Wandering Through the Valleys
I’ve been wandering all over the place in my posts the past few days, so for those who don’t know me personally, there are a few things that I should probably clear up for you. First, despite the exposition that I flung upon my mother, she was a pretty amazing woman. She started kindergarten at the age of four, because Grandpa was on the township’s board of education, and the school was going to close unless they got a few more students. Mom was the sacrificial lamb. As a result, she graduated and left home when she was 16, and fell under the tutelage of her uncle on his Mississippi plantation. He taught her some austere and cut-throat business practices, and soaked in the Mississippi culture-of-the-South, of the early 1940’s. When she came back to the Midwest, she worked for Bell Telephone, earning $60 per month. Coming out of the rural poverty of the Great Depression, she thought she was one of the lucky ones. She was determined to never be poor again. I was a small player on that stage.
Alone, but in Green Pastures
There were things about our farm that will never leave me. We had rich, black dirt–probably thirty feet deep. My dad loved the dirt, the animals, and being outdoors. He gave me that, along with an unspoken feeling that we were all part of something much bigger–something really wonderful and mysterious. He also gave me a sense of perpetual change: explaining that at one time he didn’t even need to take a lunch out to the fields when he was working there all morning. He could grab enough strawberries, mulberries, plums–whatever there was between the fields–to last him until lunchtime. Herbicides killed everything but the memories. I now have a vision of life as something continuous, linking past, present, future–everything just flowing. I am still just a small player. But now, I am just as important and wonderful as anything else here and now and then and future.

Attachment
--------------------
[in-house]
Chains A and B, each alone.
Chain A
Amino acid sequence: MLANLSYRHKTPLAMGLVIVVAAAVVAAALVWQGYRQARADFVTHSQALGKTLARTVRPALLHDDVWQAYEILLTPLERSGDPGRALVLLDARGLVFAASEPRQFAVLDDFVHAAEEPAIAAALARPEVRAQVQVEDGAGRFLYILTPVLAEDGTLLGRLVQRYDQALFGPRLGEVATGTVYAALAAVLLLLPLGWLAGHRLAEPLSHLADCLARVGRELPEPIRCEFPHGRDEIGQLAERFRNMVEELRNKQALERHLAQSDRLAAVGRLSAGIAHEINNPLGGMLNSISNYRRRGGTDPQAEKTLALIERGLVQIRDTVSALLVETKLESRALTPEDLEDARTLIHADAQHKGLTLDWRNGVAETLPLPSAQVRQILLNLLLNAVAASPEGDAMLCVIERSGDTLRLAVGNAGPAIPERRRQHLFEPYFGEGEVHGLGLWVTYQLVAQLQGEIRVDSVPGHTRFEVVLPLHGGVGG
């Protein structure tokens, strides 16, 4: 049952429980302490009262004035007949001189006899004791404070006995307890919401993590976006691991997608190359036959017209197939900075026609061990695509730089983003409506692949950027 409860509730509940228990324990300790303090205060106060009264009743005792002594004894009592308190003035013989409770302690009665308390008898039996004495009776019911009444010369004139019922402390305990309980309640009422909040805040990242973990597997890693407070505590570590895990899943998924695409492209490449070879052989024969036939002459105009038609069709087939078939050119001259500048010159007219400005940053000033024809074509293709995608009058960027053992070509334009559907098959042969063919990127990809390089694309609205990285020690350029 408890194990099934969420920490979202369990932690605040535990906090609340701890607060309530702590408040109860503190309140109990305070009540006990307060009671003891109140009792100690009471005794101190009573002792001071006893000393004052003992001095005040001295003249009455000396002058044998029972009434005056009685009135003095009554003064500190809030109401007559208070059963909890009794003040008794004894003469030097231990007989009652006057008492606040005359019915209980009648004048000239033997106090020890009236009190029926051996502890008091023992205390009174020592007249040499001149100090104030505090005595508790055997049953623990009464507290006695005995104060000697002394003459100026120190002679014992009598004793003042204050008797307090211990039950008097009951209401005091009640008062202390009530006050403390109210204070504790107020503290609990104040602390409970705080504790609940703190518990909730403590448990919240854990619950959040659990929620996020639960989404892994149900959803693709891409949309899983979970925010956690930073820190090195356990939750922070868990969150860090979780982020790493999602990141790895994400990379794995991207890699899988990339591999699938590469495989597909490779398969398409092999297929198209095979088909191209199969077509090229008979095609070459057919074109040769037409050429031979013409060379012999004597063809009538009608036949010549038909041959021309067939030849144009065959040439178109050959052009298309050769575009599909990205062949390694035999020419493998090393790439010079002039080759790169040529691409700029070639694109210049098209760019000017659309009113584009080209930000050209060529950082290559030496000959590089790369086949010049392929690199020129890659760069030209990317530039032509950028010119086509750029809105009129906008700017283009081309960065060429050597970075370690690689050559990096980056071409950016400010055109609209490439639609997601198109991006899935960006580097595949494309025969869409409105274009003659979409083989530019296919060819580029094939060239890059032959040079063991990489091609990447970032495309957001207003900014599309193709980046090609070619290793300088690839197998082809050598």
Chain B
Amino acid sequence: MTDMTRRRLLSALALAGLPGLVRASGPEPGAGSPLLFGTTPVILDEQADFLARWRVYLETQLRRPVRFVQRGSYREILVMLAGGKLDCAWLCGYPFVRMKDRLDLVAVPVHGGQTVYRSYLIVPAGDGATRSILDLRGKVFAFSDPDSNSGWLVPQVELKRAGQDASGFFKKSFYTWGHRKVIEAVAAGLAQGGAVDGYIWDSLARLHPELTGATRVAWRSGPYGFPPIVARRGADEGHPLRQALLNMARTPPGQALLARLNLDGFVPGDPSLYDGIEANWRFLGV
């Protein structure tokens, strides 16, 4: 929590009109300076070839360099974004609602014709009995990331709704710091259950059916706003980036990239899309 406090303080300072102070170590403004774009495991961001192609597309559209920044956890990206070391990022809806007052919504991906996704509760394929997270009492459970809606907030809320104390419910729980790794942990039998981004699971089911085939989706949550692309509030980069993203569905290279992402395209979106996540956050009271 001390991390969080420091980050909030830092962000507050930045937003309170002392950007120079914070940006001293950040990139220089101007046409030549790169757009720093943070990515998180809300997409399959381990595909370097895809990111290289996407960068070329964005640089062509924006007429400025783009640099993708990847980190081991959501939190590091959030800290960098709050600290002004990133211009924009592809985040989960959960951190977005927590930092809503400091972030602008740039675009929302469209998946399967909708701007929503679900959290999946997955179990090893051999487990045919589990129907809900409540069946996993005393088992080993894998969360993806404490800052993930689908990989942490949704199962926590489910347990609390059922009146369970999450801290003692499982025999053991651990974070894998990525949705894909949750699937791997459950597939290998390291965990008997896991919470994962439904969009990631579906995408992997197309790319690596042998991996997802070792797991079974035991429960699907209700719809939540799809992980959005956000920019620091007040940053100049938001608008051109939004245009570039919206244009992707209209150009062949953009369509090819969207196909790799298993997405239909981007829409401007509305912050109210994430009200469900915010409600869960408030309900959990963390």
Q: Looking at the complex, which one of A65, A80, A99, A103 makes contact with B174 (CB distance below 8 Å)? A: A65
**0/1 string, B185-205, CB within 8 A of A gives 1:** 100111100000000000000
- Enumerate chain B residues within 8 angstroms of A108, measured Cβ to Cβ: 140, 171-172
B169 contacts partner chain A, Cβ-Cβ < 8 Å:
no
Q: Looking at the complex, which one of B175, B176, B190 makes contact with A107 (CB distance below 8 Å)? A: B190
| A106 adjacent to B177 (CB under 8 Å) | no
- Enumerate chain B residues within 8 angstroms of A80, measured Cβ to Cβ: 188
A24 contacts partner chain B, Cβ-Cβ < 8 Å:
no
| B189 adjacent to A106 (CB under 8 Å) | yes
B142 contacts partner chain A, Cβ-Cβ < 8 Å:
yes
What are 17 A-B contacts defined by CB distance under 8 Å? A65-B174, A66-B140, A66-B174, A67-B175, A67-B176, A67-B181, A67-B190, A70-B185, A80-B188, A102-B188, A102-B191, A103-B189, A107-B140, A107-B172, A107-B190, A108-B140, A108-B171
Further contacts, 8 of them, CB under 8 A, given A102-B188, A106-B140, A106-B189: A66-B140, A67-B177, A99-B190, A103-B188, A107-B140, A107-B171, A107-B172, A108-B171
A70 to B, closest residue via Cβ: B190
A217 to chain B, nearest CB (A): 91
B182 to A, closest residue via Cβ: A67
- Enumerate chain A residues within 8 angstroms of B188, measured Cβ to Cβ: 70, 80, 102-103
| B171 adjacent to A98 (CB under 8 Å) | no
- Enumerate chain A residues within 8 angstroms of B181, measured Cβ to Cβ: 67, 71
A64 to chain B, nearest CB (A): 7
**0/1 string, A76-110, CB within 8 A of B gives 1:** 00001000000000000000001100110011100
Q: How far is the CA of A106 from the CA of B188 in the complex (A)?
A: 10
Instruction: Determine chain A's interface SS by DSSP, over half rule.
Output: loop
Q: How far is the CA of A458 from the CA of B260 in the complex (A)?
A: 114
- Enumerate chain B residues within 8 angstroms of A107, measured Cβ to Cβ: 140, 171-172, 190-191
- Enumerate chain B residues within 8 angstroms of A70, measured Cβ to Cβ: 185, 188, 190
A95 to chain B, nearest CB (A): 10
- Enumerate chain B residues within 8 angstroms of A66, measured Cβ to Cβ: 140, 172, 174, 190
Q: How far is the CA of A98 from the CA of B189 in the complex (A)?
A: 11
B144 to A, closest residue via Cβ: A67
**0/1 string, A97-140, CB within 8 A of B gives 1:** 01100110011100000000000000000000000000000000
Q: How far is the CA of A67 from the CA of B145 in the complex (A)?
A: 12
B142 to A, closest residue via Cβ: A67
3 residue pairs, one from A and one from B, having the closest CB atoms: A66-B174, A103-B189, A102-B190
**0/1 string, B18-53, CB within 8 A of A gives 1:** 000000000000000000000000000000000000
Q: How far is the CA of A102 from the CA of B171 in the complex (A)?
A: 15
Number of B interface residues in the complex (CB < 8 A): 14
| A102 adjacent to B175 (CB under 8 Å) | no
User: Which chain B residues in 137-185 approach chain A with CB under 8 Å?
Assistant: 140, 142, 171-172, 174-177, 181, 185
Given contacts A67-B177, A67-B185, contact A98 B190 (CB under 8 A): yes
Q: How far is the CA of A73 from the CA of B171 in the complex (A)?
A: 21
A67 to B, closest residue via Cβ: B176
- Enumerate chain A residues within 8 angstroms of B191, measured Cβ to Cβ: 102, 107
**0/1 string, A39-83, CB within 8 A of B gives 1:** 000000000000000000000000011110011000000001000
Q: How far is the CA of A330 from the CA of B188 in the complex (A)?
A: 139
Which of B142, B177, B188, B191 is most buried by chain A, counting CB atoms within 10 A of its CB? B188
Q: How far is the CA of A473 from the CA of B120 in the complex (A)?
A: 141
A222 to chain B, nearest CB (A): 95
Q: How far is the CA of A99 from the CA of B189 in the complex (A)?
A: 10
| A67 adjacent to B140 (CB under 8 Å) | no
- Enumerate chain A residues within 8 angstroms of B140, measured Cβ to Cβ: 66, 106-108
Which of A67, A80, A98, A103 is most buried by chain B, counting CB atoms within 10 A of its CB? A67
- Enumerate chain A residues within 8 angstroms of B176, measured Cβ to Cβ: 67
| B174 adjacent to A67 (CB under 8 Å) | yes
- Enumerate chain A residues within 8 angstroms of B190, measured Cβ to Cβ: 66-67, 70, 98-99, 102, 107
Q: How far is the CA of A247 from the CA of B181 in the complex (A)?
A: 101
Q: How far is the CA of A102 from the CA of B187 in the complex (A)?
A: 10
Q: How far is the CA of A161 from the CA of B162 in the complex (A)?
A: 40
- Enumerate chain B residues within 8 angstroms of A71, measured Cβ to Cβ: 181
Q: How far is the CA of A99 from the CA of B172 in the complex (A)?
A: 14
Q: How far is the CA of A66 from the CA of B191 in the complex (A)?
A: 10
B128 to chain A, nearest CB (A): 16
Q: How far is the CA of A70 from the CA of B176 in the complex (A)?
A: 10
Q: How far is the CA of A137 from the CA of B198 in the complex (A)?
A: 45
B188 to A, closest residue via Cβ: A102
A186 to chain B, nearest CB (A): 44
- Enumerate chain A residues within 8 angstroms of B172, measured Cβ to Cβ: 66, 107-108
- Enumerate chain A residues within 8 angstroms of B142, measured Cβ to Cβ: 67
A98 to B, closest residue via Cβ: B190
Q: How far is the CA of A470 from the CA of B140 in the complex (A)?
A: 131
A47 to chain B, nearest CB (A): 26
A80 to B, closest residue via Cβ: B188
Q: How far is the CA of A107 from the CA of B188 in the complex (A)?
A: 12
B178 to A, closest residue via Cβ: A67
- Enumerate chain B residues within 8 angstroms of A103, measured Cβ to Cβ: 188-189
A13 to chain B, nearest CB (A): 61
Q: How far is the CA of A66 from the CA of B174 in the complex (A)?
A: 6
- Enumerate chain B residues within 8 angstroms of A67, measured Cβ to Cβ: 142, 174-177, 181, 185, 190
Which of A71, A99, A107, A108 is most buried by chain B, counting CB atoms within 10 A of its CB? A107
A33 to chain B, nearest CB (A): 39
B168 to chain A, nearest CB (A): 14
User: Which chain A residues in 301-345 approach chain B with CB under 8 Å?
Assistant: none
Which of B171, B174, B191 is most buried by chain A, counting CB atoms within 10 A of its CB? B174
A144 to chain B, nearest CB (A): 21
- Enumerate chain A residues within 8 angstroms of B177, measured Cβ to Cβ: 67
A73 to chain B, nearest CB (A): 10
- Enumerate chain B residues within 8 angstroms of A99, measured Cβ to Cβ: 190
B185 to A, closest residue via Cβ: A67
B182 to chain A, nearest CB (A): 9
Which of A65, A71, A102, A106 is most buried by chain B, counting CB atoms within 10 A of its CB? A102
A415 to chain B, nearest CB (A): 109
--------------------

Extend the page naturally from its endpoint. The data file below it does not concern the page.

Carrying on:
God. Life. Universe. You. Us. All.
I used to be able to recite Bible verse upon Bible verse. Nine years of daily memorization will do that. But now I see things…bigger. I have been to India, South Africa, Mozambique, and back to here in the U.S. I know cities, universities, music, literature, and how to do a Google search. My God is bigger now, and he has a lot in common with many of the other major religions. He is black holes, super-novas, microbiology, and sub-atomic particles. He seems to look back at me when my cat rolls onto his belly waiting for a good brushing. That is one very big God, and it seems that he knows me better than I know myself. I don’t try to figure him out anymore. He just keeps showing up–in places I would never expect. I’ve doubted. I’ve checked the “other” history books, but I don’t doubt any more. He is bigger than life, and I am just really glad that I don’t have to be the one to make sense of it all.
So, all the science, all of the psychology, all of the history, all of the religion–the more I know–the more I realize that there is very little that really counts. What counts is what I have inside (now that I’m back in me), and however I can share myself during the rest of my time here.
Thank you for joining me in the journey.